Walking, Looking and Telling Tales
June 2 - November 4
Over the summer at National Trust’s Cherryburn, the birthplace of Thomas Bewick, you can discover a series of fascinating new miniature landscapes by the contemporary painter Mark Fairnington.
Mark’s installation reflects the Northumbrian landscape and the work of printmaker Thomas Bewick, best known for his natural history books including A History of British Birds published in 1797. These celebrated illustrated books pointed Bewick’s art towards the wider world and made his name known far beyond Northumberland, but the heart of his subject matter was profoundly local. Bewick gathered information by walking and his work became a record of the people he saw. Inspired by his own walks around Cherryburn and Northumberland, Mark’s new paintings look at Bewick’s countryside from a contemporary viewpoint.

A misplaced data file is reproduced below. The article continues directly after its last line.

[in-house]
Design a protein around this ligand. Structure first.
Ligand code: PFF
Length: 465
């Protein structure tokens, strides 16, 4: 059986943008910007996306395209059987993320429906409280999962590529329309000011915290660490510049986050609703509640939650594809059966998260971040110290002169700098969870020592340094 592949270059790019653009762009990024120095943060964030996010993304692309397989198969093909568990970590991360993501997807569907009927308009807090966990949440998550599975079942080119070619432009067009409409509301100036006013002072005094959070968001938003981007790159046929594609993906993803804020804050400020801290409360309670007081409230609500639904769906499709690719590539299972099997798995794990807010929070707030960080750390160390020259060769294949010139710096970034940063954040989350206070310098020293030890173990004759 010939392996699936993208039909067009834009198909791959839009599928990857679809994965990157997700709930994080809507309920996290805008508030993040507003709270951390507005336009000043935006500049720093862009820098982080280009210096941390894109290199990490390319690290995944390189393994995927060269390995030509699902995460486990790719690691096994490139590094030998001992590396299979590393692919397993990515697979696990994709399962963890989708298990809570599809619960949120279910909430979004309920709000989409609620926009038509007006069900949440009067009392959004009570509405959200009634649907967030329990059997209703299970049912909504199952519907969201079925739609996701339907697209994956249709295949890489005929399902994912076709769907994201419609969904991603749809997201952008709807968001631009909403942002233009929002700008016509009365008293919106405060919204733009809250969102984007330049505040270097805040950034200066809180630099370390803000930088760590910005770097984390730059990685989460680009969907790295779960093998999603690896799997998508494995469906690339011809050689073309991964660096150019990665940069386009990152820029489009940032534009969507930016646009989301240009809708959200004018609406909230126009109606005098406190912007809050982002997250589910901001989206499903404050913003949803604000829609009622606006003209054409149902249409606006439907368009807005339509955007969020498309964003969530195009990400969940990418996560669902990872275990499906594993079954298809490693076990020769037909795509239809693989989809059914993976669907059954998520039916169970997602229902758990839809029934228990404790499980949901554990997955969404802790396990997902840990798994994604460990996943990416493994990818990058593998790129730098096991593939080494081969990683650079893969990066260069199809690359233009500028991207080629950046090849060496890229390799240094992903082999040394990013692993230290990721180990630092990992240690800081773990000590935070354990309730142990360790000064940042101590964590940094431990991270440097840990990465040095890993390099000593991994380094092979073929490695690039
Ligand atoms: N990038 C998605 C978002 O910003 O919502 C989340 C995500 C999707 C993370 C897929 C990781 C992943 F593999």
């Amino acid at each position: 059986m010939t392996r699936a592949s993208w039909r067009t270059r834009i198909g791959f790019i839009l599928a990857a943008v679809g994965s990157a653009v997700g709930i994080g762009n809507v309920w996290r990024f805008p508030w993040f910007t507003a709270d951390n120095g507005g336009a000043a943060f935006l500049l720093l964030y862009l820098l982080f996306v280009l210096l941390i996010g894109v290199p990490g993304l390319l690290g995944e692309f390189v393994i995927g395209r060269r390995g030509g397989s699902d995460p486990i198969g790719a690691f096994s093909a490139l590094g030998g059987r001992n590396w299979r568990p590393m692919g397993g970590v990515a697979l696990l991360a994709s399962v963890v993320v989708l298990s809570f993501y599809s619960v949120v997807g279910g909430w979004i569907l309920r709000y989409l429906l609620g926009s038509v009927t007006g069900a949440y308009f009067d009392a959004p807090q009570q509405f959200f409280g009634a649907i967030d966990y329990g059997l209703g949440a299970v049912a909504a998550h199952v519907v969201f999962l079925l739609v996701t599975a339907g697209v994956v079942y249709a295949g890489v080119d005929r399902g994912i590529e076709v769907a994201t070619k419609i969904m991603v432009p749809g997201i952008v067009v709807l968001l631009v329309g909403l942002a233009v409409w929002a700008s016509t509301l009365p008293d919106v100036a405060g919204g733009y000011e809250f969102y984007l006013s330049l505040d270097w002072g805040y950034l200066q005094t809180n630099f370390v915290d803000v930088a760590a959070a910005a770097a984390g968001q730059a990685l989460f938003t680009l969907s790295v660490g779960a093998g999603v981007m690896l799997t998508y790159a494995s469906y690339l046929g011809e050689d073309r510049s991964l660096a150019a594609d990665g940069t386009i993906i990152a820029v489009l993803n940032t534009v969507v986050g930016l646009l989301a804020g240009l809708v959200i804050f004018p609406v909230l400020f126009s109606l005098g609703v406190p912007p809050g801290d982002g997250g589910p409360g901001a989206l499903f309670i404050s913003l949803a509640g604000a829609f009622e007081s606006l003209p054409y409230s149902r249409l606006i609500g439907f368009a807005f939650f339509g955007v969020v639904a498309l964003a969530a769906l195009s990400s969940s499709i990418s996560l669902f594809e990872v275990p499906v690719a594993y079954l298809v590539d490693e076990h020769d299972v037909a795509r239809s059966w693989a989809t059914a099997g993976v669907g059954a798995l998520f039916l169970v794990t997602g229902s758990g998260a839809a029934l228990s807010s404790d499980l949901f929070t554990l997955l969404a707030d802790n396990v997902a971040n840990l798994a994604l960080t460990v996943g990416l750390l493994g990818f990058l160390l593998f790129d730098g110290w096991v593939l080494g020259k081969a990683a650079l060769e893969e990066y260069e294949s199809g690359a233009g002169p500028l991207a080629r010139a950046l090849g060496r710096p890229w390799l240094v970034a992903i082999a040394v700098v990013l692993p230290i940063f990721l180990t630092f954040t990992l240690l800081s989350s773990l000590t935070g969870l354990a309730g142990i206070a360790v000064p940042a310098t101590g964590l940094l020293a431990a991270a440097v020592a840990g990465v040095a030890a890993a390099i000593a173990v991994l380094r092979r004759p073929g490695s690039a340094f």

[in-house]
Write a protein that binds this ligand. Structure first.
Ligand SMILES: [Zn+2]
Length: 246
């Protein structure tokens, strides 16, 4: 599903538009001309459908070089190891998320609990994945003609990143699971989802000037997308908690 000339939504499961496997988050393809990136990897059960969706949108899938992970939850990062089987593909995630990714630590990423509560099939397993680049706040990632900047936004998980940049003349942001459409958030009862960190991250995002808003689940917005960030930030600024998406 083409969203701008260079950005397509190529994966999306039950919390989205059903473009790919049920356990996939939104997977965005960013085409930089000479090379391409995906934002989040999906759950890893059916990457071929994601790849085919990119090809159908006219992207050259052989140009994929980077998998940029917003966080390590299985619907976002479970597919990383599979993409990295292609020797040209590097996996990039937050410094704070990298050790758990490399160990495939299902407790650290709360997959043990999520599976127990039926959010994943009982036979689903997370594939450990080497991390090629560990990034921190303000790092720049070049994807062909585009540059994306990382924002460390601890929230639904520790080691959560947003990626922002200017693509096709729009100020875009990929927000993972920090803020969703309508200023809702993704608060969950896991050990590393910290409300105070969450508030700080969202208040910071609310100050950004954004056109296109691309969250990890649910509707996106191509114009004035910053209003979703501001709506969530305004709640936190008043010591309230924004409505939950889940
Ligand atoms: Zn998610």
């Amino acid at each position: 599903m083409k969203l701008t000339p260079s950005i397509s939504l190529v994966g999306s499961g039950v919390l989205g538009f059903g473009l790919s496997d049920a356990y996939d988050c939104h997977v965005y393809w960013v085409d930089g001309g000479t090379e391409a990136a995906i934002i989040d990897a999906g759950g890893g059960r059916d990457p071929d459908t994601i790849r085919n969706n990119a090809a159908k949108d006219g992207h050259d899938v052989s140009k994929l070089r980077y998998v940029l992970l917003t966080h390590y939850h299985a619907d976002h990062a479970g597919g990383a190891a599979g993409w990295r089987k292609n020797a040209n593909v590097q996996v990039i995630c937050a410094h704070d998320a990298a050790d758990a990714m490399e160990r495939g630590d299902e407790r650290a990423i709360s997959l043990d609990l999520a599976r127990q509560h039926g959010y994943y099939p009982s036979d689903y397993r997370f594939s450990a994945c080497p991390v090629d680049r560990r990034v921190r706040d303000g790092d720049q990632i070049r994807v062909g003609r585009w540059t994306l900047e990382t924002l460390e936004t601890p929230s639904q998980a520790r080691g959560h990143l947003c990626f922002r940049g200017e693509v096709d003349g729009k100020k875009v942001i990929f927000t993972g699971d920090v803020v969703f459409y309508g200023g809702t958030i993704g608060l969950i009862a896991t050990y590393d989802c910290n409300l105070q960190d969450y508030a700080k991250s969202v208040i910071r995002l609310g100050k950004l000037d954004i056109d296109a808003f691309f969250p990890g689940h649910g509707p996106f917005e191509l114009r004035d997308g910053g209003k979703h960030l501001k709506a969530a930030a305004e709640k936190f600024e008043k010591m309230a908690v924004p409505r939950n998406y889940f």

Walking, Looking and Telling Tales is part of a research project, ‘Mapping Contemporary Art in the Heritage Experience’, which is exploring how contemporary art might change visitors’ experience of a heritage site. As a group of researchers from Newcastle and Leeds Universities we are interested in finding out whether creating and siting new art in heritage places can change the ways in which these important places are understood and enjoyed